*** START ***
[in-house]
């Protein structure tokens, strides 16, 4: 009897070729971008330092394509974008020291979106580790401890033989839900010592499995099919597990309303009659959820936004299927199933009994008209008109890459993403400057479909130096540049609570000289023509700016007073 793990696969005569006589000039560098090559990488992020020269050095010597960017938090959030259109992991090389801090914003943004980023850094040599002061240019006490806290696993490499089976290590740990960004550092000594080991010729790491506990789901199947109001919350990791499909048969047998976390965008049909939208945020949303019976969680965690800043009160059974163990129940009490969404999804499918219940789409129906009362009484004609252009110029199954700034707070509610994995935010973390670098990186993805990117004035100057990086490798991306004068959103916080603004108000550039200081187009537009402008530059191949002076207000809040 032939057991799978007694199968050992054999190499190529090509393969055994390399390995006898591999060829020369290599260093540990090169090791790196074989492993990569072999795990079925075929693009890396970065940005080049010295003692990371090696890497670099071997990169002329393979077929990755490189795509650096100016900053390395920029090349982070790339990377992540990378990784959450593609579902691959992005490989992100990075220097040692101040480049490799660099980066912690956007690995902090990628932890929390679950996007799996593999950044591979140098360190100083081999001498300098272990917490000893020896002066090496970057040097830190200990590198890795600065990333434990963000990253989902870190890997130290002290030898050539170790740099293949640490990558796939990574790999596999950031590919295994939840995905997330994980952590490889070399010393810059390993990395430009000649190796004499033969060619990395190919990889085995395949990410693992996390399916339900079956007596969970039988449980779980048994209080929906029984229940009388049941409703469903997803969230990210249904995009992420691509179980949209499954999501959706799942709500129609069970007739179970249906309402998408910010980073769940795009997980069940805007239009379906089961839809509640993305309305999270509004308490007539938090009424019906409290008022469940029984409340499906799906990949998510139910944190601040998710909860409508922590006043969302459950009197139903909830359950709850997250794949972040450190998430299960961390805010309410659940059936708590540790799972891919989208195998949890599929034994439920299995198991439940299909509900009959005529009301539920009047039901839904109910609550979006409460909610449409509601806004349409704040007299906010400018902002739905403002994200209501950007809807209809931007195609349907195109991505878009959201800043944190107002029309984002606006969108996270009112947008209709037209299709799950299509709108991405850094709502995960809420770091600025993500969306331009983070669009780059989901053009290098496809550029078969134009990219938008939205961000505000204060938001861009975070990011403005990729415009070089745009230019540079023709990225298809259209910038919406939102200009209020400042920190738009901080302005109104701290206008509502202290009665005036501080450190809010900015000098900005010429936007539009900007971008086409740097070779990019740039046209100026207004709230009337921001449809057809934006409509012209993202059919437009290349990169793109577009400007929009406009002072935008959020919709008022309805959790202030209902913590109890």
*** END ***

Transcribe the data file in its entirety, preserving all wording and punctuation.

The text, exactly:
[in-house]
């Protein structure tokens, strides 16, 4: 009897070729971008330092394509974008020291979106580790401890033989839900010592499995099919597990309303009659959820936004299927199933009994008209008109890459993403400057479909130096540049609570000289023509700016007073 793990696969005569006589000039560098090559990488992020020269050095010597960017938090959030259109992991090389801090914003943004980023850094040599002061240019006490806290696993490499089976290590740990960004550092000594080991010729790491506990789901199947109001919350990791499909048969047998976390965008049909939208945020949303019976969680965690800043009160059974163990129940009490969404999804499918219940789409129906009362009484004609252009110029199954700034707070509610994995935010973390670098990186993805990117004035100057990086490798991306004068959103916080603004108000550039200081187009537009402008530059191949002076207000809040 032939057991799978007694199968050992054999190499190529090509393969055994390399390995006898591999060829020369290599260093540990090169090791790196074989492993990569072999795990079925075929693009890396970065940005080049010295003692990371090696890497670099071997990169002329393979077929990755490189795509650096100016900053390395920029090349982070790339990377992540990378990784959450593609579902691959992005490989992100990075220097040692101040480049490799660099980066912690956007690995902090990628932890929390679950996007799996593999950044591979140098360190100083081999001498300098272990917490000893020896002066090496970057040097830190200990590198890795600065990333434990963000990253989902870190890997130290002290030898050539170790740099293949640490990558796939990574790999596999950031590919295994939840995905997330994980952590490889070399010393810059390993990395430009000649190796004499033969060619990395190919990889085995395949990410693992996390399916339900079956007596969970039988449980779980048994209080929906029984229940009388049941409703469903997803969230990210249904995009992420691509179980949209499954999501959706799942709500129609069970007739179970249906309402998408910010980073769940795009997980069940805007239009379906089961839809509640993305309305999270509004308490007539938090009424019906409290008022469940029984409340499906799906990949998510139910944190601040998710909860409508922590006043969302459950009197139903909830359950709850997250794949972040450190998430299960961390805010309410659940059936708590540790799972891919989208195998949890599929034994439920299995198991439940299909509900009959005529009301539920009047039901839904109910609550979006409460909610449409509601806004349409704040007299906010400018902002739905403002994200209501950007809807209809931007195609349907195109991505878009959201800043944190107002029309984002606006969108996270009112947008209709037209299709799950299509709108991405850094709502995960809420770091600025993500969306331009983070669009780059989901053009290098496809550029078969134009990219938008939205961000505000204060938001861009975070990011403005990729415009070089745009230019540079023709990225298809259209910038919406939102200009209020400042920190738009901080302005109104701290206008509502202290009665005036501080450190809010900015000098900005010429936007539009900007971008086409740097070779990019740039046209100026207004709230009337921001449809057809934006409509012209993202059919437009290349990169793109577009400007929009406009002072935008959020919709008022309805959790202030209902913590109890």